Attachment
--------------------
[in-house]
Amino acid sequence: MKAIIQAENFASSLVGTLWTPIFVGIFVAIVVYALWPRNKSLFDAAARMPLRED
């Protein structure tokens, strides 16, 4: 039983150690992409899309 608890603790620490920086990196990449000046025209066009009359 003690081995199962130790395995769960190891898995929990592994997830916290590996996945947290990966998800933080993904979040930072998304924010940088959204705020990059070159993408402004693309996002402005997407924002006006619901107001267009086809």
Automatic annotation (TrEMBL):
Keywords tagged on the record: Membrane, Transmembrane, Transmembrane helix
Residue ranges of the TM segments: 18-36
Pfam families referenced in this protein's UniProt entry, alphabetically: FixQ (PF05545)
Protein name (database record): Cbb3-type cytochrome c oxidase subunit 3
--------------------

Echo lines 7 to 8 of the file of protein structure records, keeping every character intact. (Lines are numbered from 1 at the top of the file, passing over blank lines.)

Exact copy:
Pfam families referenced in this protein's UniProt entry, alphabetically: FixQ (PF05545)
Protein name (database record): Cbb3-type cytochrome c oxidase subunit 3